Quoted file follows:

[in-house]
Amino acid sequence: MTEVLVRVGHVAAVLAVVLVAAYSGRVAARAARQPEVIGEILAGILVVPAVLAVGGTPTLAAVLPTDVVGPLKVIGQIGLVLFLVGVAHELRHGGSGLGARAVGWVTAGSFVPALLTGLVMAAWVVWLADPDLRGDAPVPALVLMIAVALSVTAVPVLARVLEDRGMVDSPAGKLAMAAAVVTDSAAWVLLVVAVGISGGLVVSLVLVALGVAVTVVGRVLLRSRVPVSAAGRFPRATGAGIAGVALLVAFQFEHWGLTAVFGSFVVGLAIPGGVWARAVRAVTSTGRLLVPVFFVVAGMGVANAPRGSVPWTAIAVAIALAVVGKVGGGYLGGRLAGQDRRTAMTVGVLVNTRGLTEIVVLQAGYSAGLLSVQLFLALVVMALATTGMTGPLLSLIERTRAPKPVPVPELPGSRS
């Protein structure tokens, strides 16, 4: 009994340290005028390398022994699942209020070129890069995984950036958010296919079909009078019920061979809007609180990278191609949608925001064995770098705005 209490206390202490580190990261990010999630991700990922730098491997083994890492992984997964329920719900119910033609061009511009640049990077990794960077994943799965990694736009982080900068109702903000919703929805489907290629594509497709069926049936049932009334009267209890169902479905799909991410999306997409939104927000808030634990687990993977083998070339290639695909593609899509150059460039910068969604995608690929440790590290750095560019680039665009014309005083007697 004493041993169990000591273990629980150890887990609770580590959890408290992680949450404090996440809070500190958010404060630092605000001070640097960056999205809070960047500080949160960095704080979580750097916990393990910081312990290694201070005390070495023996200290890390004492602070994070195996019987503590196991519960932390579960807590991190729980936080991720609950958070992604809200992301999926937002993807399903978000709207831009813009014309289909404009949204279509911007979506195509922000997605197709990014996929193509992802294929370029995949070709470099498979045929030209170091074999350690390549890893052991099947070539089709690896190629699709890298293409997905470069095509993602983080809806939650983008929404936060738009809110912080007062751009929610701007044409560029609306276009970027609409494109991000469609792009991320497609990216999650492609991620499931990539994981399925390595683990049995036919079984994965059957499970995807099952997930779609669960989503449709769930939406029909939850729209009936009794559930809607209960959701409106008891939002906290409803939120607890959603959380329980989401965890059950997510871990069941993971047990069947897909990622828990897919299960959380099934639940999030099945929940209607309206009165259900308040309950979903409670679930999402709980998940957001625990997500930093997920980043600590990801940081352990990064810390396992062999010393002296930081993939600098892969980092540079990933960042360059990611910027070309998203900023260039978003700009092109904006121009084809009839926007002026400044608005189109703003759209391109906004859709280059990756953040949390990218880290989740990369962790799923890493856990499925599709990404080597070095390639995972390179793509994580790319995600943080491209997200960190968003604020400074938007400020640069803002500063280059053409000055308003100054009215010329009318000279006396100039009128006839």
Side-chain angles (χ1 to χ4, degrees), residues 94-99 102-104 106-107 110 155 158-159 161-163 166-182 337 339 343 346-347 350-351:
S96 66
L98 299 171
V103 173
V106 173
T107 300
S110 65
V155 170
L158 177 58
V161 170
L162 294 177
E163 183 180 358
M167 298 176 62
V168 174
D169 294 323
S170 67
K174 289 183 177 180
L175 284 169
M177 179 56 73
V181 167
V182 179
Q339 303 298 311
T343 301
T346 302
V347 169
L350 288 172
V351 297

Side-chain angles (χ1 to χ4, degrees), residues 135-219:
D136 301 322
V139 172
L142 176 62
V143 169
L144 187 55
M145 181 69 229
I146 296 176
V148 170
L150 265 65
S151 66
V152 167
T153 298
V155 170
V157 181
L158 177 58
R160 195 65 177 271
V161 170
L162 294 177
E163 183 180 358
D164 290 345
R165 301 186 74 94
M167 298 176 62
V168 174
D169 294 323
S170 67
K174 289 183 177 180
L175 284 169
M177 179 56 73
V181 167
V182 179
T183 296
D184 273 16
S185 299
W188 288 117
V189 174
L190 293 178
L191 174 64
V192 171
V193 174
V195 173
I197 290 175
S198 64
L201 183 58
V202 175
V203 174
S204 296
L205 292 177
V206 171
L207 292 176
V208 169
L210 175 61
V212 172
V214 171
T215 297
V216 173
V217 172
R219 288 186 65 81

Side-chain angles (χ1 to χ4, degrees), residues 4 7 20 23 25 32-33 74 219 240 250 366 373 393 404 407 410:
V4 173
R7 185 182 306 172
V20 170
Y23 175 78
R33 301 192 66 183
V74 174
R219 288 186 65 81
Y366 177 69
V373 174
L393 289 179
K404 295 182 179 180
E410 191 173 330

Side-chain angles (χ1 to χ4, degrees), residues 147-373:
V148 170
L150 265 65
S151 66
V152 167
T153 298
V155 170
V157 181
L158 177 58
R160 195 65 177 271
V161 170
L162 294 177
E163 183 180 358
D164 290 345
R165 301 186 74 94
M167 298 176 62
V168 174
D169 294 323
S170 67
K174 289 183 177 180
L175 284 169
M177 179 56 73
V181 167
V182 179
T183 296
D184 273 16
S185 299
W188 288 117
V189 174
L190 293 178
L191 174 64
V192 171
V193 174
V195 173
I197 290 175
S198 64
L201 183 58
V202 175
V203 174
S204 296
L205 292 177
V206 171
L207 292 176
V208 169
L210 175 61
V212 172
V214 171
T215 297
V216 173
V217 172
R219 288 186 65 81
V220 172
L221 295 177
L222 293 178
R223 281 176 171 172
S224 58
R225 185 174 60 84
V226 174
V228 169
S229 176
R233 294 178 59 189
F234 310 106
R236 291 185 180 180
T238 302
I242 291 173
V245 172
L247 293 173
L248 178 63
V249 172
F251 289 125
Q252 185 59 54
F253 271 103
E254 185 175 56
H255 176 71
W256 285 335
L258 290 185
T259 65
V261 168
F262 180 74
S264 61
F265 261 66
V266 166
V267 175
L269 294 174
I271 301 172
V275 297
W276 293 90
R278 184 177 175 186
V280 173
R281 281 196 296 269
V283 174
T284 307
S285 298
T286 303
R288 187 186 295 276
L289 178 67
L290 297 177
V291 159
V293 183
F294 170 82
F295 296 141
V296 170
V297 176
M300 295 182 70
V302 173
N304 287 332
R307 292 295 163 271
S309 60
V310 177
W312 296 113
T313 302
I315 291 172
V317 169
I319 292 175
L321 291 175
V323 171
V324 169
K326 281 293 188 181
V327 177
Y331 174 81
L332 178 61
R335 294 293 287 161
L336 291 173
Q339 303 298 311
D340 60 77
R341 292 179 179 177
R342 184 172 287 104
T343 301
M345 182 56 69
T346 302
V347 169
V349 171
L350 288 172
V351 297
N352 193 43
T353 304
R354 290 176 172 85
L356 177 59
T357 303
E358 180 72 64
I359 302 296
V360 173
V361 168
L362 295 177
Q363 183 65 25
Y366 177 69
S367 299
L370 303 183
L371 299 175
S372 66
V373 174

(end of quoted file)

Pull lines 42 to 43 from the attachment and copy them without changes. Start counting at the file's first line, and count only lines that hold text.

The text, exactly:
V152 167
T153 298